Written by Kevin L. Howard   

  (Clear Thoughts on a Fading Memory)


Shocked hardly describes how I felt when I saw two men kiss each other on the lips as I waited for the seminar to begin.  It was an unholy kiss, indeed.  Occasionally, I've sat in on something that was radically different for me.  Such was true with a little-known lecture I went to at the American Academy of Religion & Society of Biblical Literature, on Nov. 18, 1995, following the annual meeting of the Evangelical Theological Society, in Philadelphia, Pennsylvania.  Since many years have passed, the following details in quotes must be taken as recollections rather than verbatim statements.


I only attended one session of AAR/SBL that day and it was named something like, "The Religious Right and the Gay Movement," or maybe, "How to Stop the Religious Right."  Whatever the name, the theme dealt specifically with gay rights.  I was writing my thesis on the apostle Paul's view of male homosexuality and figured I might run into some of the radical thinkers I had been reading.  They weren't in any sense my heroes, but I wanted to talk with a few.  I must have been the only evangelical in the crowd of fifty that day. 


Once the session began, several lecturers spoke, all from an extreme leftist view.  In particular, a lesbian (or bisexual) lecturer warned of the dangers posed by Promise Keepers.  She compared it with Hitler's Germany.  I had not attended a Promise Keepers' event yet but knew quite a bit about it.  So, I raised my hand, and when called upon, stood to say something like, "I haven't been to a Promise Keepers' meeting, but from what I've heard, they encourage men to love their wives.  Isn't that a good thing?"  I sat down.


She responded, "Well, yes love is a good thing, but that's not what Promise Keepers is about.  They're about oppressing women and teaching them that they're less than their husbands."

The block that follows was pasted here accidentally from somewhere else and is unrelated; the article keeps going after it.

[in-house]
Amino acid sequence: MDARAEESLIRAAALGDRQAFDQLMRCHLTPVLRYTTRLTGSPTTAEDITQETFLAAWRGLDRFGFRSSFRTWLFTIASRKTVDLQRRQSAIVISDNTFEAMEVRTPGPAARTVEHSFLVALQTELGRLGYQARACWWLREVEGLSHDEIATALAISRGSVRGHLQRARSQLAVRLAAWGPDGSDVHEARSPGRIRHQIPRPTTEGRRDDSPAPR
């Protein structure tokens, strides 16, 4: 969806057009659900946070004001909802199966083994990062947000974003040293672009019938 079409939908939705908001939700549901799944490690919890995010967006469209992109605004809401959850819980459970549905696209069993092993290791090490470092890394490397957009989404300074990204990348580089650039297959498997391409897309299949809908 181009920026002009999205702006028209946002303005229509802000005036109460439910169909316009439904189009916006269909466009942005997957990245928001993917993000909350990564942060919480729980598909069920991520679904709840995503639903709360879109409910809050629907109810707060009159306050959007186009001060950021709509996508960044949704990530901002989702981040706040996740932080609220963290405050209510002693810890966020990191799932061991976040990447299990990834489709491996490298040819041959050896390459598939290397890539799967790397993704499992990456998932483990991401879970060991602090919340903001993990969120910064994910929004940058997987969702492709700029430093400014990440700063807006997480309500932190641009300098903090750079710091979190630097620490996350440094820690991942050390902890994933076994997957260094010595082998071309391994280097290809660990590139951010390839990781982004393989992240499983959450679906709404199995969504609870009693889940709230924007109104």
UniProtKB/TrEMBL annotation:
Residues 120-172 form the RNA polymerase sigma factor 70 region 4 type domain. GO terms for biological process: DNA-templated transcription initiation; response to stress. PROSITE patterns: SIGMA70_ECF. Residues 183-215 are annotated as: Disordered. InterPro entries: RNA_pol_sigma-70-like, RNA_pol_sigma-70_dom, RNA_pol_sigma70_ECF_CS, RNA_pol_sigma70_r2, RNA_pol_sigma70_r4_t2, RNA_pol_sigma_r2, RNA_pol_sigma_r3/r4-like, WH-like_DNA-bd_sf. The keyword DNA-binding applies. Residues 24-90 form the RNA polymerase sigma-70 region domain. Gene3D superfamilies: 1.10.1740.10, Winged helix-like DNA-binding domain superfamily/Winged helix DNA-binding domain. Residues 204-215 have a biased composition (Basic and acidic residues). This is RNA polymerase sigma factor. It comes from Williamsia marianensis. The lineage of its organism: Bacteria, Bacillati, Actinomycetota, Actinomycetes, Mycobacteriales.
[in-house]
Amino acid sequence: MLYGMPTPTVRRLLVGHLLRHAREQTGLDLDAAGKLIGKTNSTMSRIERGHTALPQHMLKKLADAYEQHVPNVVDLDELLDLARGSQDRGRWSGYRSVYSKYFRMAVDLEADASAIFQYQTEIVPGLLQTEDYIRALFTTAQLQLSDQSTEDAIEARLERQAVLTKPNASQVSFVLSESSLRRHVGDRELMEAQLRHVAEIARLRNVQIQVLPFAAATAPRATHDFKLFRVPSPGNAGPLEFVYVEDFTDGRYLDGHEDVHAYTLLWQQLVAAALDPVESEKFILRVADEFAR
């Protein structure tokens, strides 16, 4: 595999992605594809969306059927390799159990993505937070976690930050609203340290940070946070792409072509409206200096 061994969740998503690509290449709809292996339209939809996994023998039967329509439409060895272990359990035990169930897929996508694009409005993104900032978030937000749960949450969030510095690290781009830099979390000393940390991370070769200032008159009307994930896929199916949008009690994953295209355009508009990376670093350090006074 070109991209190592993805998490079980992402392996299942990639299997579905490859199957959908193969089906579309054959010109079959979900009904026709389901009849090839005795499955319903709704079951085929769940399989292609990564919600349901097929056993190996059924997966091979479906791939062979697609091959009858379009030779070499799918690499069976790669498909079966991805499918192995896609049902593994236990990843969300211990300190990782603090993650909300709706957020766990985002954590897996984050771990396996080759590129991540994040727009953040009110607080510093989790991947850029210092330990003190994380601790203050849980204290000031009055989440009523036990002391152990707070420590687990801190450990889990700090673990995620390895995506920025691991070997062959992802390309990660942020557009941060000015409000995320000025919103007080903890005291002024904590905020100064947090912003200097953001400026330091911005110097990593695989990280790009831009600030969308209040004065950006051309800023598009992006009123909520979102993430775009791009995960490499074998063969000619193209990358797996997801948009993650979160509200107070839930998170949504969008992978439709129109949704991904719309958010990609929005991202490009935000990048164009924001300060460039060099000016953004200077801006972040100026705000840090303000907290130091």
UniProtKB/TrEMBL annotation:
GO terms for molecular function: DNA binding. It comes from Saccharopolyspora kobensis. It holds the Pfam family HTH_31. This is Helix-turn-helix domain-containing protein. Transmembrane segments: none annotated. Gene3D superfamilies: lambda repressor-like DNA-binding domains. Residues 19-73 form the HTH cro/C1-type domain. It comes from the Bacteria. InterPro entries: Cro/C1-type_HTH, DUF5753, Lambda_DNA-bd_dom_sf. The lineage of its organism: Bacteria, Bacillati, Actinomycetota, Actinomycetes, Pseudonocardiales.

Other people lectured too.  At one point, a person in the audience said, "If we're ever going to make in-roads into the world of the religious right, we've got to speak their language, using words like 'inerrancy' even if we don't believe it."  Someone spoke up saying, "I'll never use language like that.  Inerrancy isn't true."


After more discussion about many issues, I raised my hand and stood once more, commenting along the lines of, "You're making conservative evangelicals out to be monsters.  The people I know who believe in this form of male leadership and submission, love their wives and treat them with respect.  I think we could use more families like this.  I believe in this form of submission too, and I'm here interacting with you as a civil human being."  A grumble rolled over the crowd like waves on a choppy sea, as people murmured about my comments.  Despite how radical my views must have seemed to them, the person up front was cordial to me.


Also a bisexual pastor, with connections to Union Theological Seminary in New York, gave a presentation.  After the session, I talked with him in private to ask how he, especially as a pastor, could biblically justify his sexual behavior.  He seemed upset, spoke loudly, and said, "I don't try to justify anything."  Some things I've forgotten about that day, but I clearly remember that he stood too close for my comfort, spat when he talked, and needed a Tic Tac.


I have often thought about this AAR/SBL seminar.  Although it was conducted in an academic setting, this session had little to do with scholarship, and more to do with outsider opinions and emotionalism about the religious right.  It shows what some liberals think of evangelicals.  Certainly not all liberals hold this mental caricature of evangelicals but too many of them do.  This caricature is just one of the reasons believers need to get among lostness and spread the aroma of Christ to those who are perishing.  Believers do this by living and speaking truth. 


I'm confident my two comments went unappreciated by the attendees that day.  Nor did anyone seem convinced of the error of his ways.  In fact, I didn't even share the gospel in all of its fullness with anyone.  But I think my presence there that day was a good thing.  And here are a few points worth pondering regarding such occasions and the declaration of truth:


  • Speak the truth for the glory of the triune God.
  • Speak the truth even when it's unpopular.
  • Speak the truth even when you can't persuade the audience.
  • Speak the truth even if you might be misunderstood.
  • Speak the truth with the good of the hearers in mind.


As evangelicals, we should love the truth, live the truth, and speak the truth.  After all, truth is a powerful thing because truth is, in the end, a God thing.


(July 2008)